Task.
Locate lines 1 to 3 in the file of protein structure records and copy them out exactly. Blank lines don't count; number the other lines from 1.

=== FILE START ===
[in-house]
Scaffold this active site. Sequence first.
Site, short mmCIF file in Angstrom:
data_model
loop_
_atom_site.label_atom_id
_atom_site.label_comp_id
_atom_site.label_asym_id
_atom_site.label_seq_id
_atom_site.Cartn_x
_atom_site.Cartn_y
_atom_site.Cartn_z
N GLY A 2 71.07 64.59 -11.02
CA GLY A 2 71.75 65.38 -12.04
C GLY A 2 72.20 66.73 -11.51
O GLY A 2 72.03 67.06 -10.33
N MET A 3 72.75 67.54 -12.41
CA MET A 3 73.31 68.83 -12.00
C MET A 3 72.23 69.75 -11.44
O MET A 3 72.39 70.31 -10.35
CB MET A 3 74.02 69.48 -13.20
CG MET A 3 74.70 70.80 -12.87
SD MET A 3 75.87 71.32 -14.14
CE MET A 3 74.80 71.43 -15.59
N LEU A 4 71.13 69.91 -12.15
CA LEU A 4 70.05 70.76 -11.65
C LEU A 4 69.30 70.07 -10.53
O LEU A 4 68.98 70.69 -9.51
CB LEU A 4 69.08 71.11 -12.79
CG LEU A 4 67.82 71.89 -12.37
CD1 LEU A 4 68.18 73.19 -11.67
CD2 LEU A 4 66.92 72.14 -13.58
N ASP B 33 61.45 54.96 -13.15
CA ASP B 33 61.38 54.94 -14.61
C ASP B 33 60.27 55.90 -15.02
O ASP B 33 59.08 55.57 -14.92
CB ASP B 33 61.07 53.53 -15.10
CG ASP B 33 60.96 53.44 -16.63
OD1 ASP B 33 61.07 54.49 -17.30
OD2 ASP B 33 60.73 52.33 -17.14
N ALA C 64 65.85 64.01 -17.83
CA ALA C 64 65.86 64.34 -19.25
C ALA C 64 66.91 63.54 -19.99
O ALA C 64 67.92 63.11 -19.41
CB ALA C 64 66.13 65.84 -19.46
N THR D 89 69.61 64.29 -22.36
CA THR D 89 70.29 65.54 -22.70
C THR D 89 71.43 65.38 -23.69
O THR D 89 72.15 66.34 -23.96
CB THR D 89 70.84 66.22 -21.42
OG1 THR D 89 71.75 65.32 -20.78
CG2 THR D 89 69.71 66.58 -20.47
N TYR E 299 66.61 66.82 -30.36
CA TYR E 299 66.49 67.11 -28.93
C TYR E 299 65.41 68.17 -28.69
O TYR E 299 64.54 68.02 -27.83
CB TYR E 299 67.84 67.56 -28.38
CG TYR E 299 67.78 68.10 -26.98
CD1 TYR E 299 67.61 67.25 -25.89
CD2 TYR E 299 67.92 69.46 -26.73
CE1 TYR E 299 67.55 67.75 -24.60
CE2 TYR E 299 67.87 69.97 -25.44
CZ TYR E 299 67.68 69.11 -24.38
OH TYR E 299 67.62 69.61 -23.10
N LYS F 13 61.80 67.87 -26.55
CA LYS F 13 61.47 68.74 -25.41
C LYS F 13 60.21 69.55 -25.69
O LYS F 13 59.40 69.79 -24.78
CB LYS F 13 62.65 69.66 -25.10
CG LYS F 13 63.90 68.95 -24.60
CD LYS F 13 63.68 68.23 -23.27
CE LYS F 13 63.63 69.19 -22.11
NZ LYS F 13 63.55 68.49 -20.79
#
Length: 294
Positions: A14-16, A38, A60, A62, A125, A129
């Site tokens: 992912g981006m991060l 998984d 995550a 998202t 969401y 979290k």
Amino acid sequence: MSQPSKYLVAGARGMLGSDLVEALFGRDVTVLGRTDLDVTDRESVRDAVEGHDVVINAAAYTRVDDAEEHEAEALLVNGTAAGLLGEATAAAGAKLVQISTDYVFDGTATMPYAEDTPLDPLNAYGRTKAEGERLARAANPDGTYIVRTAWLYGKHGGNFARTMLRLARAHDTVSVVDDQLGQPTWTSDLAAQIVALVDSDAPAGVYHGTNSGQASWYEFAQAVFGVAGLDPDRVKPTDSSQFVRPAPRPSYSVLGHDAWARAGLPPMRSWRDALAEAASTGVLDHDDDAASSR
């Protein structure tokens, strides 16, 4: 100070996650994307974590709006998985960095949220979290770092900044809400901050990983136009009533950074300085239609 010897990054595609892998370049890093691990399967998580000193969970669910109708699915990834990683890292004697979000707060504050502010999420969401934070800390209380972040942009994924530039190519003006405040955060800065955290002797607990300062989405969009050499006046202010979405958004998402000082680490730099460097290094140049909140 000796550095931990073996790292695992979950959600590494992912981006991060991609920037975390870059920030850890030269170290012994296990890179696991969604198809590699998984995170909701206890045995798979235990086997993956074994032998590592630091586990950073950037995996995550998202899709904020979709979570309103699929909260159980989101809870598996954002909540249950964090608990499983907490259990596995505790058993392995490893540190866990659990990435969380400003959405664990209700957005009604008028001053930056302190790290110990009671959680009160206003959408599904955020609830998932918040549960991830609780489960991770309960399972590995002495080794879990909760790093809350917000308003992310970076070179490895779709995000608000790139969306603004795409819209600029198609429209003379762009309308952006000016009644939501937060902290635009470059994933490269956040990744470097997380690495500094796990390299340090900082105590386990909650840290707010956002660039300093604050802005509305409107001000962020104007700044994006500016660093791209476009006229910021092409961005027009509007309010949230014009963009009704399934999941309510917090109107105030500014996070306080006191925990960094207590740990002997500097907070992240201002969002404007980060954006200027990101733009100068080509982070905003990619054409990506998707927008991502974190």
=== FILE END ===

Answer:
[in-house]
Scaffold this active site. Sequence first.
Site, short mmCIF file in Angstrom: